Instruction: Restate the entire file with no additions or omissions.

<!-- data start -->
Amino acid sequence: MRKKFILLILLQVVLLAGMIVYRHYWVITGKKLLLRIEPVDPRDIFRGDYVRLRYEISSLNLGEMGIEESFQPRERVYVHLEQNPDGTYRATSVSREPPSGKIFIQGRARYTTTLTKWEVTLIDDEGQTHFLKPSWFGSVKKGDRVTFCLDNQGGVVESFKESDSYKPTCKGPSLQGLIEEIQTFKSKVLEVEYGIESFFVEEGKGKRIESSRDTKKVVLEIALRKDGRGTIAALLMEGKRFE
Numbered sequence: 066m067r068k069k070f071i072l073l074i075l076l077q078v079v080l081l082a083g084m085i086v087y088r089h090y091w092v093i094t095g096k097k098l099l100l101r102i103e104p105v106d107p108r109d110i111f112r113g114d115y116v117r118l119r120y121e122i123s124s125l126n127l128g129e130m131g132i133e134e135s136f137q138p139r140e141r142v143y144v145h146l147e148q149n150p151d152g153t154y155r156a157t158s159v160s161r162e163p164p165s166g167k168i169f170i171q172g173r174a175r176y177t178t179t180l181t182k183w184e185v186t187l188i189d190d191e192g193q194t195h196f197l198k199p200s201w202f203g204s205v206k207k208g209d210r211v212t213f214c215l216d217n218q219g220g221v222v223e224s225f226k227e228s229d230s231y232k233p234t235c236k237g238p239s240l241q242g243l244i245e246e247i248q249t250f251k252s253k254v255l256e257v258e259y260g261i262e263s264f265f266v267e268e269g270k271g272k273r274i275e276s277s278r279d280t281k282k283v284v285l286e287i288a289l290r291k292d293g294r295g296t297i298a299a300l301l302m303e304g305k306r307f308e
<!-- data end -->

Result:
Amino acid sequence: MRKKFILLILLQVVLLAGMIVYRHYWVITGKKLLLRIEPVDPRDIFRGDYVRLRYEISSLNLGEMGIEESFQPRERVYVHLEQNPDGTYRATSVSREPPSGKIFIQGRARYTTTLTKWEVTLIDDEGQTHFLKPSWFGSVKKGDRVTFCLDNQGGVVESFKESDSYKPTCKGPSLQGLIEEIQTFKSKVLEVEYGIESFFVEEGKGKRIESSRDTKKVVLEIALRKDGRGTIAALLMEGKRFE
Numbered sequence: 066m067r068k069k070f071i072l073l074i075l076l077q078v079v080l081l082a083g084m085i086v087y088r089h090y091w092v093i094t095g096k097k098l099l100l101r102i103e104p105v106d107p108r109d110i111f112r113g114d115y116v117r118l119r120y121e122i123s124s125l126n127l128g129e130m131g132i133e134e135s136f137q138p139r140e141r142v143y144v145h146l147e148q149n150p151d152g153t154y155r156a157t158s159v160s161r162e163p164p165s166g167k168i169f170i171q172g173r174a175r176y177t178t179t180l181t182k183w184e185v186t187l188i189d190d191e192g193q194t195h196f197l198k199p200s201w202f203g204s205v206k207k208g209d210r211v212t213f214c215l216d217n218q219g220g221v222v223e224s225f226k227e228s229d230s231y232k233p234t235c236k237g238p239s240l241q242g243l244i245e246e247i248q249t250f251k252s253k254v255l256e257v258e259y260g261i262e263s264f265f266v267e268e269g270k271g272k273r274i275e276s277s278r279d280t281k282k283v284v285l286e287i288a289l290r291k292d293g294r295g296t297i298a299a300l301l302m303e304g305k306r307f308e